The State has adopted the reasoning and the conclusions contained in NORML V. Bell, 488 F. Supp. 123 (1980). In this case the court noted (p. 124, 7):
"The inclusion of marijuana as a controlled substance under the Controlled Substances Act is rational and does not violate equal protection, in view of the continuing debate as to whether marijuana has substantial detrimental effect."
NORML V. BELL, is one of a long series of lawsuits by NORML (National Organization for the Reform of Marijuana Laws) which culminated in the 1980 mandate in NORML V. DEA,
No. 79-1660, which led to the 1986 hearings on rescheduling and safety of marijuana as medicine.
In 1988, Administrative Law Judge Francis L Young of the Drug Enforcement Administration ruled on these issues in Marijuana Rescheduling Petition, Docket No:86-22, dated Sept. 6, 1988 (Attached copy is Exhibit A).
Judge Young ruled on the safety of Marijuana:
"The record shows the following facts to be uncontroverted...(3) The most obvious concern when dealing with drug safety is the possibility of lethal effects. Can the drug cause death? (4) Nearly all medicines have toxic, potentially lethal effects, but marijuana is not such a substance. There is no record in the extensive medical literature describing a proven, documented cannabis-induced fatality. (16) Marijuana, in its natural form, is one of the safest therapeutically active substances known to man. By any measure of rational analysis, marijuana can be safely used within a supervised routine of medical care."
Judge Young concluded:
"If marijuana should be placed in Schedule II, in obedience to the law,
then that is where marijuana should be placed, regardless of misinterpretation
of the placement by some...It would be unreasonable, arbitrary and capricious
for DEA; to continue to stand between those sufferers and the benefits
of this substance in light of the evidence in this record."
The DEA Administrator, did not obey the law and reschedule as required. To say as the State said in its response to the defendants motion to dismiss, that Title 36 of the Arizona revised codes, which mimic the federal law, are not relevant to this case is to miss the long struggle to correct the placing of marijuana in Schedule I. From NORML V. Bell, (p.125, Footnote 3.):
"On May 18, 1972, NORML filed an application with the Attorney General to remove marijuana from control under the CSA or, in the alternative, to reclassify the drug in a different schedule. This endeavor continues today. The Drug Enforcement Administration (DEA) twice rejected these efforts at reclassification, citing American treaty obligations under the Single Convention on Narcotic Drugs, opened for signature Mar. 30, 1961. 18 U.S.T. 1407. 30 TI. A.S. No. 6298, 520 U.N.T.S. 151 (Single Convention). The United States Court of Appeals for the District of Columbia Circuit reversed these determinations. NORML V. DEA, 182 U.S. App. D.C. 114, 559 F.2d 735 (D.C. Cir. 1977)."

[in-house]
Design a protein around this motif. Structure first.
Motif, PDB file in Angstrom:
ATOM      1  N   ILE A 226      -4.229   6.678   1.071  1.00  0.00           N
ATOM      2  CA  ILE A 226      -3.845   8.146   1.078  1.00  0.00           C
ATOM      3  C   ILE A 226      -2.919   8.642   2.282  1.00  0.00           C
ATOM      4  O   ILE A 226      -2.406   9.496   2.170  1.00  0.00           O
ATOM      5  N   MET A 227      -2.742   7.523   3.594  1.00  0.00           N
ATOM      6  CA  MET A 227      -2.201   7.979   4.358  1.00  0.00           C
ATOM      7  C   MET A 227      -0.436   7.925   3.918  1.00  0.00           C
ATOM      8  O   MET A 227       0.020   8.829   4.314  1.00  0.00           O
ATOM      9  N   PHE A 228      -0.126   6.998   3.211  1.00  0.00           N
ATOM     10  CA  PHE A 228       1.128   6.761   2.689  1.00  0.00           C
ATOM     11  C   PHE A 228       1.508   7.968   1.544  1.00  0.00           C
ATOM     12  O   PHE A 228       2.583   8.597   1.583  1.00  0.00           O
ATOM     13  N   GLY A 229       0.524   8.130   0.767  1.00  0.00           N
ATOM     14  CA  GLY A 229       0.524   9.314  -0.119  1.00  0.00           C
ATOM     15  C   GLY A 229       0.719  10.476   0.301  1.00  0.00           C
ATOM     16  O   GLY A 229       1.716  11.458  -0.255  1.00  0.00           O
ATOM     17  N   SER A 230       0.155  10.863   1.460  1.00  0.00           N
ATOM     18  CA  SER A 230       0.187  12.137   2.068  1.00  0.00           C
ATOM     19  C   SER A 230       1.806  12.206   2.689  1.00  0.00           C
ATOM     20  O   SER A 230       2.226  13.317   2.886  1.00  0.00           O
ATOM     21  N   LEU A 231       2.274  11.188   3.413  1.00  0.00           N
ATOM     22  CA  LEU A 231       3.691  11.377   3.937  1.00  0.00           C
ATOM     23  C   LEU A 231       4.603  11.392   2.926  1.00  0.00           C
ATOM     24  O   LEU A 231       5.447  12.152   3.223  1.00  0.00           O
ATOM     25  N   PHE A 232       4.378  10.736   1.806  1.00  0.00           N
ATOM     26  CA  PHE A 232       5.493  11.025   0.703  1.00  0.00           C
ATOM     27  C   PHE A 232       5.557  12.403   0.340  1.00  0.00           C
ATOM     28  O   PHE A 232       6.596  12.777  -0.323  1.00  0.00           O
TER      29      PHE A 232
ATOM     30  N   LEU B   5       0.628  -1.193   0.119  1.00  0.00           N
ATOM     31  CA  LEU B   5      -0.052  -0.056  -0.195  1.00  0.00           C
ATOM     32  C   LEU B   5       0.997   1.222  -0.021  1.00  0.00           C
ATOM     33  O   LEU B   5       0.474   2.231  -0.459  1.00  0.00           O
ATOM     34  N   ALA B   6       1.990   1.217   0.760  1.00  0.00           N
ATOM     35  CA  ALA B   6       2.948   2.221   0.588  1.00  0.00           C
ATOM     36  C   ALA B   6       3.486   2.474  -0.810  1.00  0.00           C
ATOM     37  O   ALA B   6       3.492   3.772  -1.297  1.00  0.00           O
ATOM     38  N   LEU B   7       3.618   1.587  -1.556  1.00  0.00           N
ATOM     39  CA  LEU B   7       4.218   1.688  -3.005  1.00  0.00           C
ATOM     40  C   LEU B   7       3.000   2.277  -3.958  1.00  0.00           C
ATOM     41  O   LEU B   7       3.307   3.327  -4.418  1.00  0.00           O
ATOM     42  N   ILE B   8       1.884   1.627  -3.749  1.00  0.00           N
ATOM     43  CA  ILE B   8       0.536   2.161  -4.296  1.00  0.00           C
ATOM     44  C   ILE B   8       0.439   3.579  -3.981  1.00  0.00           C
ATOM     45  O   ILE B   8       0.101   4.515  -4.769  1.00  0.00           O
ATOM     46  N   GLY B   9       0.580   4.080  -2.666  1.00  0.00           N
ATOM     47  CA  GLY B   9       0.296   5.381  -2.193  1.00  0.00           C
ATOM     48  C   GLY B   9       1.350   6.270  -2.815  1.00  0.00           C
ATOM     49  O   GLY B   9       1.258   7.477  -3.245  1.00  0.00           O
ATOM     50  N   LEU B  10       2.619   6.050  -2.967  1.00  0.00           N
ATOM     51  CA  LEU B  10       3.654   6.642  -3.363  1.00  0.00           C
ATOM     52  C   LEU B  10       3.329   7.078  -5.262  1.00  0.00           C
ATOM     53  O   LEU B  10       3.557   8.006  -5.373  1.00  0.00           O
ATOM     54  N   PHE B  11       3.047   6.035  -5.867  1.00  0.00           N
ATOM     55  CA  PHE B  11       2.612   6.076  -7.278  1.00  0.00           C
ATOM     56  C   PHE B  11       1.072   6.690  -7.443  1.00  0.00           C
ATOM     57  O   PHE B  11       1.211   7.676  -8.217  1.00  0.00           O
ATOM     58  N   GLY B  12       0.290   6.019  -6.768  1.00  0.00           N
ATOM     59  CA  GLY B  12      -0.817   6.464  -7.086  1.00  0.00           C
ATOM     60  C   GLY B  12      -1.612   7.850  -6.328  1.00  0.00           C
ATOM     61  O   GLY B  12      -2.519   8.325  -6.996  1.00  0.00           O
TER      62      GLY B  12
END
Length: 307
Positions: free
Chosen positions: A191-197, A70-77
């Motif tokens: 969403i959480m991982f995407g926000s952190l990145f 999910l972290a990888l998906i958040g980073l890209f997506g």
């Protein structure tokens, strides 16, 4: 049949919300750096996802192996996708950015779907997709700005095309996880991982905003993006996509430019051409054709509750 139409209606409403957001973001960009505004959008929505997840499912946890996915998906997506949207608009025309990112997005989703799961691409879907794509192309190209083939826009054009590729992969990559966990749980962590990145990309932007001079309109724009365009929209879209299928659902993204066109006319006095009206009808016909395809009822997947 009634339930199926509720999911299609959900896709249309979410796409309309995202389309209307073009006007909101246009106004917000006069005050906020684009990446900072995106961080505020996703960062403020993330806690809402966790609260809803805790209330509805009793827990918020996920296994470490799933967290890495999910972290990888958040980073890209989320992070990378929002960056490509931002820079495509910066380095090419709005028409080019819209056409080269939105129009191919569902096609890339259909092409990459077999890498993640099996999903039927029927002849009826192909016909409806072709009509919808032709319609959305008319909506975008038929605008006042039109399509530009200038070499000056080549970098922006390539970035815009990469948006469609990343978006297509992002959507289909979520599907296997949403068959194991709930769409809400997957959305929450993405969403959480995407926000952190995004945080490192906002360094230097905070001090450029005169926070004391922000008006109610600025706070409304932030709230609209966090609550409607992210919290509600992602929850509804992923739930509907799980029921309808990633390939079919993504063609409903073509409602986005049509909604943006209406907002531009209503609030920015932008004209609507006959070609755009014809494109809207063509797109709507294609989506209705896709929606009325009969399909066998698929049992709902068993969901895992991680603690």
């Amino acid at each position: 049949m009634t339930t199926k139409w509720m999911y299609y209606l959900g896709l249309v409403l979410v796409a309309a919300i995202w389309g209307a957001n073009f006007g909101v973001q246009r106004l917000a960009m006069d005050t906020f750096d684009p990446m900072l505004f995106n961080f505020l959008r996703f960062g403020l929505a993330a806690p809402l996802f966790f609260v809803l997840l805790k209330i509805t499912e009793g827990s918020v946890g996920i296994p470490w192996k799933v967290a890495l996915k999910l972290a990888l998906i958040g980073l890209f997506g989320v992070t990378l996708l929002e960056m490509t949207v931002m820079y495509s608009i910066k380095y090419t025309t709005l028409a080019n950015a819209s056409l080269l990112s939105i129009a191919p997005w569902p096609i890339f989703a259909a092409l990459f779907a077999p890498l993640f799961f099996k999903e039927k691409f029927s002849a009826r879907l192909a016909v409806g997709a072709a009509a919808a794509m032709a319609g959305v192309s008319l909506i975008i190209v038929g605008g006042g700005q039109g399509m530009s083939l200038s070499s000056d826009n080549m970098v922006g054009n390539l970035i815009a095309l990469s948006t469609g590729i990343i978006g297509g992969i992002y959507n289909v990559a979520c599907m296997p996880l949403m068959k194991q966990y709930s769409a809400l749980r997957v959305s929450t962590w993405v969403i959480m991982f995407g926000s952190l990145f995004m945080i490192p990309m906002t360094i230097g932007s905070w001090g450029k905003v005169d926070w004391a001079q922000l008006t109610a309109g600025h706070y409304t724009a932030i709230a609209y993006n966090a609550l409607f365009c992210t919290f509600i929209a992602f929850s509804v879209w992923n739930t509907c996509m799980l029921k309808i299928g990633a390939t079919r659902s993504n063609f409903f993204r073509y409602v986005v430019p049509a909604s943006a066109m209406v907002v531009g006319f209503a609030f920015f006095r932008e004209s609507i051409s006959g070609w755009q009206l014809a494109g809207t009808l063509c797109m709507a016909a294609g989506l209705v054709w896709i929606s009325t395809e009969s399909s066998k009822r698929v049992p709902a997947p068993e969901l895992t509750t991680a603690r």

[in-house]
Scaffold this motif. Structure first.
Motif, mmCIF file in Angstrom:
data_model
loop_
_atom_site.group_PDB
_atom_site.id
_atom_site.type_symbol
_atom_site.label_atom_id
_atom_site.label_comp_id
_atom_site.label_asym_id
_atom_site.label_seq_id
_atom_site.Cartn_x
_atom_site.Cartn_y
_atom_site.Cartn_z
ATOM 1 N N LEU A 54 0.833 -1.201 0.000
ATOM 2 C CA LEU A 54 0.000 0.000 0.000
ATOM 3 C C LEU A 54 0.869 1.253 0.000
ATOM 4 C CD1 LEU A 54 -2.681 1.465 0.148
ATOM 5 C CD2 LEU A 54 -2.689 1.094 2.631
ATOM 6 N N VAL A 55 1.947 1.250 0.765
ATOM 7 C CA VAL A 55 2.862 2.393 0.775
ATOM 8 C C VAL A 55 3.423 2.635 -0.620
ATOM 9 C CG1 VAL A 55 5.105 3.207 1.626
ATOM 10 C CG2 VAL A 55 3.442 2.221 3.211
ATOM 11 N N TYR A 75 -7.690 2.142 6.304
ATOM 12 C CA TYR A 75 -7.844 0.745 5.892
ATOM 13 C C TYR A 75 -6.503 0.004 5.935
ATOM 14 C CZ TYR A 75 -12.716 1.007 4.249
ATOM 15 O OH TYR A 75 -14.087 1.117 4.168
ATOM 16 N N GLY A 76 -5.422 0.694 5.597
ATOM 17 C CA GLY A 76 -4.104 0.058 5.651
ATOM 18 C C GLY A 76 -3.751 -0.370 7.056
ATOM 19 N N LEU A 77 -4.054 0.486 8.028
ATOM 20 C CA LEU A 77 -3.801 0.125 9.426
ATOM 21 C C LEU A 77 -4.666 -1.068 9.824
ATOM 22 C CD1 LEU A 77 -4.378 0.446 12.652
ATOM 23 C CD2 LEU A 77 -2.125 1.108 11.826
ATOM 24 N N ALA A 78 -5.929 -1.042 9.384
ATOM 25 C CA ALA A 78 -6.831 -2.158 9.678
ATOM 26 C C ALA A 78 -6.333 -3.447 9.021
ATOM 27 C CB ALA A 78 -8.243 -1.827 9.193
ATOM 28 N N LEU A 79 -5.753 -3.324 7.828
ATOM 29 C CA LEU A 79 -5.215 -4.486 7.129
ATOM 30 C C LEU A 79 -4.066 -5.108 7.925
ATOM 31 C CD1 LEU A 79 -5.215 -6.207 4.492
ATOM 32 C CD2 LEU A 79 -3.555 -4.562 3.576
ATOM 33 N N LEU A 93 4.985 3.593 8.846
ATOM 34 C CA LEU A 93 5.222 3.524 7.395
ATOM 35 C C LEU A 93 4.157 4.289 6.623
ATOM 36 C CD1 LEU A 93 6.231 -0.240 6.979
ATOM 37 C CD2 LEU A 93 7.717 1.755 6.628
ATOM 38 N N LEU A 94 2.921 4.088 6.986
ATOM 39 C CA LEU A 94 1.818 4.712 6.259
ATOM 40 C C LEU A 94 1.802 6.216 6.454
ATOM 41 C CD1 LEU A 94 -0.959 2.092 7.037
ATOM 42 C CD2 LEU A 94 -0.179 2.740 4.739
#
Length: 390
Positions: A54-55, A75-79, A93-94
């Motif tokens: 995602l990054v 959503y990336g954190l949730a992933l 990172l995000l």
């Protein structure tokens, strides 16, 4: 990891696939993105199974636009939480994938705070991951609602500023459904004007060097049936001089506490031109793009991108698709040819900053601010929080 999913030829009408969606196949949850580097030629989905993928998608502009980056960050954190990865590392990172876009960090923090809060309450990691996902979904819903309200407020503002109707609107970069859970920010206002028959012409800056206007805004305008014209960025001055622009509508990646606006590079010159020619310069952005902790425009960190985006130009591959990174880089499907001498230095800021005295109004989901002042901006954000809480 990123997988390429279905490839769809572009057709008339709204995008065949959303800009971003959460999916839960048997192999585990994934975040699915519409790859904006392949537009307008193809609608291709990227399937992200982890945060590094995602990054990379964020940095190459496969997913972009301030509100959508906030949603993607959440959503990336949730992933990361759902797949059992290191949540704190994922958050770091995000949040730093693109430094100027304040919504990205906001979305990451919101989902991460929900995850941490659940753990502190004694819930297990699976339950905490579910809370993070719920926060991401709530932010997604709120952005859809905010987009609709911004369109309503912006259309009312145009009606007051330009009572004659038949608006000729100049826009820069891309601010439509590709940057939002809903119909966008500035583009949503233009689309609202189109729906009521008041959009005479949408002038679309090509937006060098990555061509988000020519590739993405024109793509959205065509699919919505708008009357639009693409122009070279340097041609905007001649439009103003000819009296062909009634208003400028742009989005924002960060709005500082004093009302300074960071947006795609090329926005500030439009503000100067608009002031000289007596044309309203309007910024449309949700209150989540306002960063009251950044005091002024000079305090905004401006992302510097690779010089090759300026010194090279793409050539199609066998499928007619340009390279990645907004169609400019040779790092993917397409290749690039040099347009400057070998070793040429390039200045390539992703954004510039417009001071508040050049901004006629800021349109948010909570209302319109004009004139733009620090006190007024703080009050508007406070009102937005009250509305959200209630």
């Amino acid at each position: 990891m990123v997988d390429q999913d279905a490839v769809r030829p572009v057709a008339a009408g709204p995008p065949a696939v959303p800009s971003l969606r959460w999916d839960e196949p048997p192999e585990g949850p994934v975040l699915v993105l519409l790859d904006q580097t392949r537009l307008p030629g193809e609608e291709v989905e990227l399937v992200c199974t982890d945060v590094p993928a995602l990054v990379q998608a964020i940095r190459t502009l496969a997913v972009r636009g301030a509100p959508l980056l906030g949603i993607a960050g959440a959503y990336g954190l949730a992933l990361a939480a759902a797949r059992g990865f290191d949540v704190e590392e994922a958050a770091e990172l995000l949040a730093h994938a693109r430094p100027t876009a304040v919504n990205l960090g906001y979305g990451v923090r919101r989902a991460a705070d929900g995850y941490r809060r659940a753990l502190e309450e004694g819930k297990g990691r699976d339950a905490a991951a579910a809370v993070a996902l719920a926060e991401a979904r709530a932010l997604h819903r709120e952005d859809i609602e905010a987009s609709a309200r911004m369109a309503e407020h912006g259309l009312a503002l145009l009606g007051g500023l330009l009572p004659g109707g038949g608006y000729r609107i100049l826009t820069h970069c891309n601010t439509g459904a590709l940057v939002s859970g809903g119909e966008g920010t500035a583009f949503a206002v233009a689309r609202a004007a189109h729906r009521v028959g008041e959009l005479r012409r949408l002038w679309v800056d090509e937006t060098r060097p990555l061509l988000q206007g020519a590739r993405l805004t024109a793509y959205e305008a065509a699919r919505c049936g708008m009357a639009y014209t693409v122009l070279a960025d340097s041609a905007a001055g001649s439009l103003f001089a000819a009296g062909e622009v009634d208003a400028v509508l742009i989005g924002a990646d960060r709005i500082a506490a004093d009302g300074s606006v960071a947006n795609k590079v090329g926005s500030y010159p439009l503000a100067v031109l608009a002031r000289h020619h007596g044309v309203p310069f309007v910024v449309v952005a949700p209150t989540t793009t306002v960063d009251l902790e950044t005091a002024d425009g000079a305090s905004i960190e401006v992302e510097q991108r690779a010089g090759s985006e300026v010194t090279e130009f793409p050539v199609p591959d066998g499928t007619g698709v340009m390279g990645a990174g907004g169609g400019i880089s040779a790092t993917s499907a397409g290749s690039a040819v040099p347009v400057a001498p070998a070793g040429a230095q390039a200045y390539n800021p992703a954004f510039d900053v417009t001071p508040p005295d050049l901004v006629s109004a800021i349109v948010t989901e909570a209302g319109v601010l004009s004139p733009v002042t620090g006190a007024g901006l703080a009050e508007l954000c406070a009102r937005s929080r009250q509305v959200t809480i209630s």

"Under the Controlled Substances Act...under this definition, marijuana
is not a narcotic." (NORML V. Bell, p.127, footnote 11)...And
(footnote 15, p.129), "Marijuana is not physically addictive."
Marijuana, non-narcotic, non-addictive, and not fatal if consumed, is
not a dangerous drug. According to Justice Holmes, even a judge being
bound to declare the law must know or discover the facts that established
the law. (See, Prentis v. Atlantic Coast Line Co., 211 U.S.
The Marijuana Tax Act of 1937, illegally controlled farm production, was drafted in secrecy, illegally removed a medicine from the people by misrepresenting it with lies, exaggeration and racial prejudice. Even doctors and the hemp industry itself did not know marijuana was the same plant. Marijuana is a lie, a misrepresentation of a medicine that was used for almost one
hundred years -Cannabis.
The conclusion of the
State that the defendant has no constitutional right to sell or possess
marijuana for sale, is absolutely false. Freedom and equality demand that
the people have the right to control farm production. Farming implies
making a living, selling at market. The free market. This is a fundamental
principle and should not be burdened further by prohibitive drug laws,
especially given the safety of Cannabis sativa. Criminal penalties should
be abolished altogether and replaced by regulation if necessary.
The defendant, a farmer, has committed no crime and asks the Court to dismiss
the charges against him.
RESPECTFULLY SUBMITTED this day of July, 1997.
RICHARD M. DAVIS
Attorney pro per
COPIES of foregoing mailed this
day of July, 1997, to:
Clerk of the Court
222 East Javelina Drive
Mesa, Arizona 85210
The Honorable Brian Ishikawa
Judge of the Superior Court
222 East Javelina Drive
Mesa, Arizona 85210
Maricopa County Attorney's Office
222 East Javelina Drive Suite 200
Mesa, Arizona 85210
Attorney at Law
45 W. Jefferson, Suite 412
Phoenix, Arizona 85003